When someone first goes on a diet, which is basically a low calorie diet, they will start to drop weight (we drop weight when calories burned are more than calories taken in). A common factor of diets along with less calories consumed, is the restriction or limit in carbohydrate consumption. Glucose or carbohydrate is the fuel that feeds our brain along with our nervous and immune system. When we restrict them, our body starts to break down our storage form (glycogen) for use. Since carbohydrates are seventy five percent water this will result in the release of water from the body. A gallon of water weighs 8.5 pounds. So you can see how this could give the illusion of a victory on the scale. But remember this is just water weight, not fat weight. As soon as you return back to consuming carbohydrates (which will happen, remember glucose is the only fuel that feeds your brain, nervous system and immune system) the weight on the scale will be back. There went victory. Here's something else that is happening. When you run out of stored carbohydrates your body will start to break down muscle to feed the brain and necessary systems. This results in additional weight loss from lean tissue and the water needed to remove the wastes of protein breakdown. If lean tissue is not available, fat will be partially broken down for fuel (cannot be completely broken down unless you have glucose in your system) and additional water will be released to remove byproducts of this process. So again when you step on the scale, you will see a change in "weight", but remember it is water and your muscle that you lost, not fat.
The problem with this victory is that you may have lost weight on the scale but you have also altered your body composition and not in a healthy way. Even thought the scale says you weigh less, you have lost muscle mass and now have a higher percentage of fat! Along with this change comes a sluggish metabolism and altered hormones that control your metabolic rate and appetite. Since this is a temporary fix, soon you will be back to your old ways. Chances are you will gain the weight you lost and then some.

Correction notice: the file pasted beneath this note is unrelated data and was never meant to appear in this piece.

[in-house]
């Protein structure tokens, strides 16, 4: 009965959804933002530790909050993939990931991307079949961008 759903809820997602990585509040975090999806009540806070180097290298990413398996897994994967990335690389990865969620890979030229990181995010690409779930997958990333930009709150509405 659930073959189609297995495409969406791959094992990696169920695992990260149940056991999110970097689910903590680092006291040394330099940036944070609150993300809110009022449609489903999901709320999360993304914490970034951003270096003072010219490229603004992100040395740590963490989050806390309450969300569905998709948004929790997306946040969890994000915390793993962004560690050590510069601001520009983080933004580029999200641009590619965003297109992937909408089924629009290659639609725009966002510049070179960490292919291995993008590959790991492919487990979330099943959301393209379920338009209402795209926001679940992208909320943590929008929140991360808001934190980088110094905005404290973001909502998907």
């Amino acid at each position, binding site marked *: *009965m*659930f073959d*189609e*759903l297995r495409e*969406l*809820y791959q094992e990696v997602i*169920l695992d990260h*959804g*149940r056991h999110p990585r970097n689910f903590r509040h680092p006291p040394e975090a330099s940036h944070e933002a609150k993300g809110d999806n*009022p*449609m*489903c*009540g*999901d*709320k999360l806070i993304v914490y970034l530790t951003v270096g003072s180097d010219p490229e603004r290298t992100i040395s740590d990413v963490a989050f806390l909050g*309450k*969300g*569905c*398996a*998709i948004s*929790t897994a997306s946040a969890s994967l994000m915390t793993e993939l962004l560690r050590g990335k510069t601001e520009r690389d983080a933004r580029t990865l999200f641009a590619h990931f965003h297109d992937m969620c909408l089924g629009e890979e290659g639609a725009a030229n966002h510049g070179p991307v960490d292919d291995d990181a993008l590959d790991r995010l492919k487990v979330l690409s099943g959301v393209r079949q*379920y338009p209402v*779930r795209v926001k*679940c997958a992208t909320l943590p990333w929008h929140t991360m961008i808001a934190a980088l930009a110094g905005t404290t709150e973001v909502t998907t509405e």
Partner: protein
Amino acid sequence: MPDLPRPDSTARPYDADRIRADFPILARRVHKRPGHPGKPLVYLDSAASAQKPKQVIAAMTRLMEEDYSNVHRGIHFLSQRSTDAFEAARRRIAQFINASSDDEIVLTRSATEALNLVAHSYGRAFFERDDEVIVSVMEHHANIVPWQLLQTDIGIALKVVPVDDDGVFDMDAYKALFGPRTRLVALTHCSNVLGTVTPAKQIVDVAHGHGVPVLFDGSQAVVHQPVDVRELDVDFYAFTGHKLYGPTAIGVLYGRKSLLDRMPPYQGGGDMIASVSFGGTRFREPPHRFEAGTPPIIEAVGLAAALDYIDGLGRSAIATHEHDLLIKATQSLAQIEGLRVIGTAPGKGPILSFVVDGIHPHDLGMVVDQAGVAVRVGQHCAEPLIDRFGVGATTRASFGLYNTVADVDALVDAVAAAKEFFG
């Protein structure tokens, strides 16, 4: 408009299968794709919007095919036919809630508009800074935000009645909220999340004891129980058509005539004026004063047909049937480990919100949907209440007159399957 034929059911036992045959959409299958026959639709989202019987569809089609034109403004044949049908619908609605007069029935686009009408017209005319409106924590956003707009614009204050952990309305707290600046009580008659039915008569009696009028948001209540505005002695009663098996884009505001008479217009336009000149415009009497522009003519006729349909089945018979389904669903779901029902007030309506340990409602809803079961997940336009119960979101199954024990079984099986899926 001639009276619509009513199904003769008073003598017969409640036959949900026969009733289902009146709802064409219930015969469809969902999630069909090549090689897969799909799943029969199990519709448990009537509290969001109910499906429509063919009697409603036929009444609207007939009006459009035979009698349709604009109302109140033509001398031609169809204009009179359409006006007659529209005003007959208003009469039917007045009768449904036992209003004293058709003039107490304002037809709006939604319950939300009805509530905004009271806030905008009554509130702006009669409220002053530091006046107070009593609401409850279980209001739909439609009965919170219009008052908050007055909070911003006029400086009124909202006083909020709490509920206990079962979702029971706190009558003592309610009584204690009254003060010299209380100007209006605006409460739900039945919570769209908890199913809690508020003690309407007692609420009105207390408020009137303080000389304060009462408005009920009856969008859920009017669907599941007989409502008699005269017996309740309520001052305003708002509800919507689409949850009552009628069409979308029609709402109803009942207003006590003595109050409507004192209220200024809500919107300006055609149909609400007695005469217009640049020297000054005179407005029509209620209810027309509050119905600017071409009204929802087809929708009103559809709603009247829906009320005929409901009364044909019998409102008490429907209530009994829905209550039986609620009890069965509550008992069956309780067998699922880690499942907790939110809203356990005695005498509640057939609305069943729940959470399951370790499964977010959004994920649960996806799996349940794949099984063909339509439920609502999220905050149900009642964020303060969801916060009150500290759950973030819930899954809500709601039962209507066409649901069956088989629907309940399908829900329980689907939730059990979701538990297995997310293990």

Learning healthy eating habits along with a proper exercise regimen is the key to success. Losing the weight is only the first step. Keeping it off is something that will continually have to be addressed. It should be about losing weight for a lifetime not an occasion. Working hard for three months to go back to past behaviors will be a setup for failure. Health is a never-ending process. Its time to lose the quick fix mentality, take the first step towards a new you and throw out the scale.
Katch F.I., V. L Katch, W. McCardle. Exercise Physiology:
Energy, Nutrition and Human Performance. Lippincott , Williams and Wilkins. Fourth edition, 1993.
ACSM's Guidelines for Exercise Testing and Prescription. Lippincott, Williams and Wilkins. Sixth Edition, 137-164, 2000.
Teri Mosey is an Exercise Physiologist and Instructor for Health & Fitness Certifications.
Peak Performance Fitness; www.peakptfit.com">http://www.peakptfit.com